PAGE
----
As the first tranche of races that make up this long championship comes to an end in Baku, one could ask oneself if we can still expect to see at least two teams fighting it out for the titles.
At the moment, a negative response would seem logical, given that Mercedes has taken four consecutive one-two finishes, but I feel there is still time for Ferrari to fight back, as it showed in two of the four races that it has what’s needed to win.
The duel between the two Mercedes drivers is definitely wide open, with Bottas and Hamilton only separated by the point scored by Bottas for fastest lap in Australia.
Meanwhile, It will be interesting to see how things pan out at Ferrari between four-time world champion Sebastian Vettel and the explosive new talent that is Leclerc.
As previously mentioned, it’s really close between the teams currently lying fourth to ninth. It’s going to be interesting to see how the youngsters develop, from Leclerc in his first year in a top team to the trio of rookies, Lando Norris, Alex Albon and George Russell. Norris and Albon again enjoyed strong weekends in Baku, and Russell is showing great maturity in toughing it out in difficult circumstances at Williams.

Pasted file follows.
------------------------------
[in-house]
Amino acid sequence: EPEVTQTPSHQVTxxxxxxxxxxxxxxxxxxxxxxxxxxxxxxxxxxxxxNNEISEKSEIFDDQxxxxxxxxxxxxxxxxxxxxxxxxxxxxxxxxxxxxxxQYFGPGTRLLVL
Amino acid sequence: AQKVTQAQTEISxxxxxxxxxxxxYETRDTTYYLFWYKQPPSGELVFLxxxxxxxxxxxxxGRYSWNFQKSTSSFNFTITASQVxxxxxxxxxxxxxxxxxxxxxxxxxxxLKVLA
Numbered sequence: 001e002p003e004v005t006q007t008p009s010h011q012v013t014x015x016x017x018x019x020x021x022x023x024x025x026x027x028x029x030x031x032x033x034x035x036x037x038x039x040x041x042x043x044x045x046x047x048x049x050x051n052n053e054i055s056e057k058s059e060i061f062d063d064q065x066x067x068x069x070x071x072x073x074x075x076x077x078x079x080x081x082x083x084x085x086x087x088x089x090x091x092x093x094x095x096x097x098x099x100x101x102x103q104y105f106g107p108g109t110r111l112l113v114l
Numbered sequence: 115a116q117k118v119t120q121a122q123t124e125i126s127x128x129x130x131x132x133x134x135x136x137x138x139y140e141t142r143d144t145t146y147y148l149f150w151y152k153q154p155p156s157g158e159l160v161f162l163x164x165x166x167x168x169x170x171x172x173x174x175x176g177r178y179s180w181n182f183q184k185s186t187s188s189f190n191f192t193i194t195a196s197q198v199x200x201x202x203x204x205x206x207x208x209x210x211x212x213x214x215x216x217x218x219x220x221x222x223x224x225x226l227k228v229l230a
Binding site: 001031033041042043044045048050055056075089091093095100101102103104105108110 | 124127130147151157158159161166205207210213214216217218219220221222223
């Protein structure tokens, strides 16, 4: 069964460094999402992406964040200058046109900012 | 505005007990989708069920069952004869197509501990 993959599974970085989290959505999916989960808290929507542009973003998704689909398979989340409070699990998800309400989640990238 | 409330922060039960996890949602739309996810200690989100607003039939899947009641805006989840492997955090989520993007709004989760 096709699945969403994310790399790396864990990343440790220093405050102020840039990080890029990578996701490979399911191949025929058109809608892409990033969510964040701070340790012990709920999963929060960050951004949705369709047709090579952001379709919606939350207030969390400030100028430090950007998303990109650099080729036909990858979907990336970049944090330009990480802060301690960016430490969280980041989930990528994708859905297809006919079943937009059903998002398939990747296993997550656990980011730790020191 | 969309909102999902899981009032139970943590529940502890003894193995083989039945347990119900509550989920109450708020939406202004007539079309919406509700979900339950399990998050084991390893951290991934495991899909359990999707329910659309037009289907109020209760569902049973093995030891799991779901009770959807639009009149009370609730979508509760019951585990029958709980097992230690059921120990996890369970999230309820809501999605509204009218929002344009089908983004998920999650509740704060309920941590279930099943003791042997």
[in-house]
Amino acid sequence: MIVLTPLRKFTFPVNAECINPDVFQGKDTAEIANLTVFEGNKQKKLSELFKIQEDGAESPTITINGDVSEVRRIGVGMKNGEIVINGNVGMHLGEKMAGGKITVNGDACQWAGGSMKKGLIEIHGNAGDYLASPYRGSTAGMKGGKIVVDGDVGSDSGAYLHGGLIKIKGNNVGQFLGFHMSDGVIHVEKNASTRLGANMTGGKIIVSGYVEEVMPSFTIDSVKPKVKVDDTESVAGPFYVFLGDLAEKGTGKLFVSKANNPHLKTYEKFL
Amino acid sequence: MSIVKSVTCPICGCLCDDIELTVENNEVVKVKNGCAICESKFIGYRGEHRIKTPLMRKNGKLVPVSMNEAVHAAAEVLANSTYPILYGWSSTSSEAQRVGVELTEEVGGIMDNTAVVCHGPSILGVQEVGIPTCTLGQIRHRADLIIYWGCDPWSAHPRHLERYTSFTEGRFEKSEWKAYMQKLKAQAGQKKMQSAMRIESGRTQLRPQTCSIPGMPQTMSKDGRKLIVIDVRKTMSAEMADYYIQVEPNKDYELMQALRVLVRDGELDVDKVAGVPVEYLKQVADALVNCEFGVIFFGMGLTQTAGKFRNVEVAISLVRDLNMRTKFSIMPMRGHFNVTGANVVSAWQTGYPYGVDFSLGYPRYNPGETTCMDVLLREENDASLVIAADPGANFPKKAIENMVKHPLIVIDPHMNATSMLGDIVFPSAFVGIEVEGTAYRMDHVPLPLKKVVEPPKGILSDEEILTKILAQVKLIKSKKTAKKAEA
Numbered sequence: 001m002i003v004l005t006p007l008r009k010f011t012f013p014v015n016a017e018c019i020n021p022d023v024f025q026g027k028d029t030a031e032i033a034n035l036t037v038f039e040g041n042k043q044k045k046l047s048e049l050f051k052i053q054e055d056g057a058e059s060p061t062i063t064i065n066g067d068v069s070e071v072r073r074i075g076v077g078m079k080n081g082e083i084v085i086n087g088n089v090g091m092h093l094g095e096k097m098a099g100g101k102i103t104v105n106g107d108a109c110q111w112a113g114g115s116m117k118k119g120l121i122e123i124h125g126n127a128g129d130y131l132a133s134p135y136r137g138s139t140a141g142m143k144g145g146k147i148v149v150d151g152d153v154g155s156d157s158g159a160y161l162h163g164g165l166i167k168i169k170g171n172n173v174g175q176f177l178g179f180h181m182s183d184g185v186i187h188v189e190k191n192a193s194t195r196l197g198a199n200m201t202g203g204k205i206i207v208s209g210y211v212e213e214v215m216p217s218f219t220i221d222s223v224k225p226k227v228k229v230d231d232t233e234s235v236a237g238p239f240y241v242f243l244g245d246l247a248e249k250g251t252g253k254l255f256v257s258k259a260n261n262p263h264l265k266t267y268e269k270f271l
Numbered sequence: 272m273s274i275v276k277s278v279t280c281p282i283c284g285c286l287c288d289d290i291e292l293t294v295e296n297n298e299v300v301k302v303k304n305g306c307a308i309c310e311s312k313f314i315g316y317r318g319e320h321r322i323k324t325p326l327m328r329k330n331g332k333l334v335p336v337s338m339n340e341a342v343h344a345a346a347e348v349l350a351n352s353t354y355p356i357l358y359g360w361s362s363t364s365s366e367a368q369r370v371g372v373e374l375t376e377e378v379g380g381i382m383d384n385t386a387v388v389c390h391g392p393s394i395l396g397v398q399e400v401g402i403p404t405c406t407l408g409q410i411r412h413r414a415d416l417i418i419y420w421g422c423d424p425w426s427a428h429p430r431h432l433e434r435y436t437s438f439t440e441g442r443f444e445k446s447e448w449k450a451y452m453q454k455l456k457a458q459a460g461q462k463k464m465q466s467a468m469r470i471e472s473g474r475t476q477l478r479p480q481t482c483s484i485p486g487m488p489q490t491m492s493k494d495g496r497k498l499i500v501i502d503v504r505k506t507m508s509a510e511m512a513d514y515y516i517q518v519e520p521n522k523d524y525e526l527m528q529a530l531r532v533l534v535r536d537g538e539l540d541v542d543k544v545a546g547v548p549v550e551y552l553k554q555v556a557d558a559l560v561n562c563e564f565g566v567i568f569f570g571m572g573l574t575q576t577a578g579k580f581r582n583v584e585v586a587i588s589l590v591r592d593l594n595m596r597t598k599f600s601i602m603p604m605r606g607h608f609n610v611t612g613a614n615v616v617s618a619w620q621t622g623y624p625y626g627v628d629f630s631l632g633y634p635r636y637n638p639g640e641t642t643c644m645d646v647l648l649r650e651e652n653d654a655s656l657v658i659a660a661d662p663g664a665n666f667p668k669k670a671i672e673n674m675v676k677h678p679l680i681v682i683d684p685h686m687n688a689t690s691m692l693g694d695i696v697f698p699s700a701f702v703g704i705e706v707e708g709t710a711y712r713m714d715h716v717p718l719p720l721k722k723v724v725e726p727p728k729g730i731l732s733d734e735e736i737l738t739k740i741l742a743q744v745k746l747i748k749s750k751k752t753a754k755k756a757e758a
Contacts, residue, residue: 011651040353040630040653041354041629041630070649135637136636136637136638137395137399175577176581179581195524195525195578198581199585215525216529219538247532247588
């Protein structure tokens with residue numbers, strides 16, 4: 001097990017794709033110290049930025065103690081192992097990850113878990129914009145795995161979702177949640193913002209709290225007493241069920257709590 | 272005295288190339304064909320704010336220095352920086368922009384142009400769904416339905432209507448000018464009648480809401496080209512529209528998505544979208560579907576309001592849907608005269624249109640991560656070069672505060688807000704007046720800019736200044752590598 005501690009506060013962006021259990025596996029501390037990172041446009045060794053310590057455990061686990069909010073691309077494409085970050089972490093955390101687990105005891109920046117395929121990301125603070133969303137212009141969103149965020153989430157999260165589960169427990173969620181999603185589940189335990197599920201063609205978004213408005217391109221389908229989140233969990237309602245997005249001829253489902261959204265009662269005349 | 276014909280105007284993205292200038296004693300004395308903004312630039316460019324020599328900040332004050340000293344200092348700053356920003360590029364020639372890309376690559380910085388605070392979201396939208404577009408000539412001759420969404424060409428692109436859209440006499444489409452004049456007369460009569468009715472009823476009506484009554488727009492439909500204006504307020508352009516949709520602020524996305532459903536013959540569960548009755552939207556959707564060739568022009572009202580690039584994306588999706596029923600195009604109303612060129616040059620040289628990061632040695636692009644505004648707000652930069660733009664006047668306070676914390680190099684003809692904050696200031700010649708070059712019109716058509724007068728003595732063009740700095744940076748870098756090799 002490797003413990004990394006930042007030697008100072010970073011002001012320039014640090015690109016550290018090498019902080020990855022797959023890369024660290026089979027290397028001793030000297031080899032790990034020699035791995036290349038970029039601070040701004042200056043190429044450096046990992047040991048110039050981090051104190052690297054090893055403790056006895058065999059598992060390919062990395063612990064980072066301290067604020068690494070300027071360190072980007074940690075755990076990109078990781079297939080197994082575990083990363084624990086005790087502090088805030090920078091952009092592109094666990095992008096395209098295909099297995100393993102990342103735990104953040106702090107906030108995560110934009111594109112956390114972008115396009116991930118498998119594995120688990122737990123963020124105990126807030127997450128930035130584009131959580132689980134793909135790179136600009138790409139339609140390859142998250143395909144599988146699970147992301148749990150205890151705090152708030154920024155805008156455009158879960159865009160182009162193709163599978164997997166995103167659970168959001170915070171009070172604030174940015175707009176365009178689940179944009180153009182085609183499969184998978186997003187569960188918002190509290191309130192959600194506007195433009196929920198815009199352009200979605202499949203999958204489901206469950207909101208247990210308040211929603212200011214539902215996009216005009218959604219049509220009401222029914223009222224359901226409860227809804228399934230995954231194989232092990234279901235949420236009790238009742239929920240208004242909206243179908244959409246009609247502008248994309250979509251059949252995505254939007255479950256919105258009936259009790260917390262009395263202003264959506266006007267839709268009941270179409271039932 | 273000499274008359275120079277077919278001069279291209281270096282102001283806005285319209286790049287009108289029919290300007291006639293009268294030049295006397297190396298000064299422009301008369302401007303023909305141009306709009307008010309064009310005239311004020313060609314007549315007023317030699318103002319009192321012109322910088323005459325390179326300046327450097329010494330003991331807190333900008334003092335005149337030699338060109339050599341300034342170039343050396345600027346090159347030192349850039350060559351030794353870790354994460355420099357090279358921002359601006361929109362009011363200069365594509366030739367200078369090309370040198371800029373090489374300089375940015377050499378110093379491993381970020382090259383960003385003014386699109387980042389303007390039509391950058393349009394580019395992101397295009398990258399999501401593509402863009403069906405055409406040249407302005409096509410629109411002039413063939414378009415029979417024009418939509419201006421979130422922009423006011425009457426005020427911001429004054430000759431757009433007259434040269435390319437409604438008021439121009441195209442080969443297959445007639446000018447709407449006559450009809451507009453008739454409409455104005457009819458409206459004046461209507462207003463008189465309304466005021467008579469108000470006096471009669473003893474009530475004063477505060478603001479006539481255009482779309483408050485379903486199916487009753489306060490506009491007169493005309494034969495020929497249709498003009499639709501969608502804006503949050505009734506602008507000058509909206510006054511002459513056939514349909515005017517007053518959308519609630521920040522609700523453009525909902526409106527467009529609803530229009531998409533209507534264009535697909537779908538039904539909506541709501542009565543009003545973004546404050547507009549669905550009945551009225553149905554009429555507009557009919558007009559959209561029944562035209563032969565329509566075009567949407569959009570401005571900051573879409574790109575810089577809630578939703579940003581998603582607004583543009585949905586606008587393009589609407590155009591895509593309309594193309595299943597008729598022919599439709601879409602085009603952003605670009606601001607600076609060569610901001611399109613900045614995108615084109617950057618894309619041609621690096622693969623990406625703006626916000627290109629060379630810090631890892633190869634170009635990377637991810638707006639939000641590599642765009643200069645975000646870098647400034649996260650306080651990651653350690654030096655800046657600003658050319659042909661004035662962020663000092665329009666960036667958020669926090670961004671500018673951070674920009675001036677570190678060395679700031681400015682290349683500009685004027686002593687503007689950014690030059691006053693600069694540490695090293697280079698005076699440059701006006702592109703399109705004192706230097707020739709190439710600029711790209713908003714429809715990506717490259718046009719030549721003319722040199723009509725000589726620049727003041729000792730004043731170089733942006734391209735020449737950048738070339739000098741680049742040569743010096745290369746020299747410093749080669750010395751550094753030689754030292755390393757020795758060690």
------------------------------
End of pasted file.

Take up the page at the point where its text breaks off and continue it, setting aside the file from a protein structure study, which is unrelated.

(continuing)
There are therefore plenty of interesting stories to watch closely this year and not just in Formula 1. There’s also its two feeder series, which feature on around half of the grand prix weekends of this year’s calendar.
In Baku, we were treated to two action-packed FIA Formula 2 races and again I was pleased to see rookies making their mark. In Barcelona, the brand new FIA Formula 3 series will make its debut. That’s a lot of action on track and a lot of reasons to meet up again in two weeks time in Barcelona.